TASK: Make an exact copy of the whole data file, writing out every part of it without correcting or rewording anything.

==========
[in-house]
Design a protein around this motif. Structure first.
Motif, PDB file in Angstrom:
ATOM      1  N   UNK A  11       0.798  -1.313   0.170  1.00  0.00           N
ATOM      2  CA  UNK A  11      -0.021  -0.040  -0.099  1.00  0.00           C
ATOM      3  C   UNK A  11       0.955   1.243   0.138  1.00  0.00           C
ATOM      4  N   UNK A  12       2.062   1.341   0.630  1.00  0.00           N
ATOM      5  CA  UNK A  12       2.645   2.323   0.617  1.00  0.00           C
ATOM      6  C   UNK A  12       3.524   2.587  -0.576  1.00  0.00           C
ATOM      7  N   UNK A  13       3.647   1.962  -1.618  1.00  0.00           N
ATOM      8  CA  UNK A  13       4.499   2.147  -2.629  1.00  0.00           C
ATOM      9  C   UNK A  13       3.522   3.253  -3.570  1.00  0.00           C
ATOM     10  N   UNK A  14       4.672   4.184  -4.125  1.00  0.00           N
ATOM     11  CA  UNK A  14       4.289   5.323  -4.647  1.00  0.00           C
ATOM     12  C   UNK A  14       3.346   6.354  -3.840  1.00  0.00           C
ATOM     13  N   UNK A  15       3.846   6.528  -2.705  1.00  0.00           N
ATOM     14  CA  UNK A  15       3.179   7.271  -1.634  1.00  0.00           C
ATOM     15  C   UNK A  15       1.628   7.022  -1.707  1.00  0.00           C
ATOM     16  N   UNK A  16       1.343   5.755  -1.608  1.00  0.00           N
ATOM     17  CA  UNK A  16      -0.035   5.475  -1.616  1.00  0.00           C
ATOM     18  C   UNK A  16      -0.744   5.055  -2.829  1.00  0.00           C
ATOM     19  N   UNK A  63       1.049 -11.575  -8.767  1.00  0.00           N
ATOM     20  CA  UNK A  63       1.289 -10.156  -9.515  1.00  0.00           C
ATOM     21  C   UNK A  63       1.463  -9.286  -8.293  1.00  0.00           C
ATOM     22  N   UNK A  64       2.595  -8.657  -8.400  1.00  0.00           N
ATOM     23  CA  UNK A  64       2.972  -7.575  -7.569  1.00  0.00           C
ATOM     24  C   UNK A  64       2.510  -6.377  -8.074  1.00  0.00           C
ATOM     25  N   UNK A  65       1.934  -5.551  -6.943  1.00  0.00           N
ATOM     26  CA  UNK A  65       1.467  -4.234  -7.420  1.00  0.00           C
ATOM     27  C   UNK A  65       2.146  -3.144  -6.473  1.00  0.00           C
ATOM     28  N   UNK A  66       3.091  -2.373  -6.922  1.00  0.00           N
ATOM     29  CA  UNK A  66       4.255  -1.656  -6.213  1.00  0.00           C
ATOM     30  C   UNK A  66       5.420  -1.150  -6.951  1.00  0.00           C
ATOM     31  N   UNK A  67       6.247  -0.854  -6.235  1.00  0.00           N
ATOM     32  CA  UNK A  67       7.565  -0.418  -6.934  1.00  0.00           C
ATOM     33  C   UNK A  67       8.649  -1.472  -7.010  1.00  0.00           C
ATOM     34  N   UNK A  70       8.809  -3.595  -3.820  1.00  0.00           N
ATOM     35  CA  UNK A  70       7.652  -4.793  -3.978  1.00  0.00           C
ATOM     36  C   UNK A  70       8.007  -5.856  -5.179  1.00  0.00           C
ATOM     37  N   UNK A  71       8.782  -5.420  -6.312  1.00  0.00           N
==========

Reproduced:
[in-house]
Design a protein around this motif. Structure first.
Motif, PDB file in Angstrom:
ATOM      1  N   UNK A  11       0.798  -1.313   0.170  1.00  0.00           N
ATOM      2  CA  UNK A  11      -0.021  -0.040  -0.099  1.00  0.00           C
ATOM      3  C   UNK A  11       0.955   1.243   0.138  1.00  0.00           C
ATOM      4  N   UNK A  12       2.062   1.341   0.630  1.00  0.00           N
ATOM      5  CA  UNK A  12       2.645   2.323   0.617  1.00  0.00           C
ATOM      6  C   UNK A  12       3.524   2.587  -0.576  1.00  0.00           C
ATOM      7  N   UNK A  13       3.647   1.962  -1.618  1.00  0.00           N
ATOM      8  CA  UNK A  13       4.499   2.147  -2.629  1.00  0.00           C
ATOM      9  C   UNK A  13       3.522   3.253  -3.570  1.00  0.00           C
ATOM     10  N   UNK A  14       4.672   4.184  -4.125  1.00  0.00           N
ATOM     11  CA  UNK A  14       4.289   5.323  -4.647  1.00  0.00           C
ATOM     12  C   UNK A  14       3.346   6.354  -3.840  1.00  0.00           C
ATOM     13  N   UNK A  15       3.846   6.528  -2.705  1.00  0.00           N
ATOM     14  CA  UNK A  15       3.179   7.271  -1.634  1.00  0.00           C
ATOM     15  C   UNK A  15       1.628   7.022  -1.707  1.00  0.00           C
ATOM     16  N   UNK A  16       1.343   5.755  -1.608  1.00  0.00           N
ATOM     17  CA  UNK A  16      -0.035   5.475  -1.616  1.00  0.00           C
ATOM     18  C   UNK A  16      -0.744   5.055  -2.829  1.00  0.00           C
ATOM     19  N   UNK A  63       1.049 -11.575  -8.767  1.00  0.00           N
ATOM     20  CA  UNK A  63       1.289 -10.156  -9.515  1.00  0.00           C
ATOM     21  C   UNK A  63       1.463  -9.286  -8.293  1.00  0.00           C
ATOM     22  N   UNK A  64       2.595  -8.657  -8.400  1.00  0.00           N
ATOM     23  CA  UNK A  64       2.972  -7.575  -7.569  1.00  0.00           C
ATOM     24  C   UNK A  64       2.510  -6.377  -8.074  1.00  0.00           C
ATOM     25  N   UNK A  65       1.934  -5.551  -6.943  1.00  0.00           N
ATOM     26  CA  UNK A  65       1.467  -4.234  -7.420  1.00  0.00           C
ATOM     27  C   UNK A  65       2.146  -3.144  -6.473  1.00  0.00           C
ATOM     28  N   UNK A  66       3.091  -2.373  -6.922  1.00  0.00           N
ATOM     29  CA  UNK A  66       4.255  -1.656  -6.213  1.00  0.00           C
ATOM     30  C   UNK A  66       5.420  -1.150  -6.951  1.00  0.00           C
ATOM     31  N   UNK A  67       6.247  -0.854  -6.235  1.00  0.00           N
ATOM     32  CA  UNK A  67       7.565  -0.418  -6.934  1.00  0.00           C
ATOM     33  C   UNK A  67       8.649  -1.472  -7.010  1.00  0.00           C
ATOM     34  N   UNK A  70       8.809  -3.595  -3.820  1.00  0.00           N
ATOM     35  CA  UNK A  70       7.652  -4.793  -3.978  1.00  0.00           C
ATOM     36  C   UNK A  70       8.007  -5.856  -5.179  1.00  0.00           C
ATOM     37  N   UNK A  71       8.782  -5.420  -6.312  1.00  0.00           N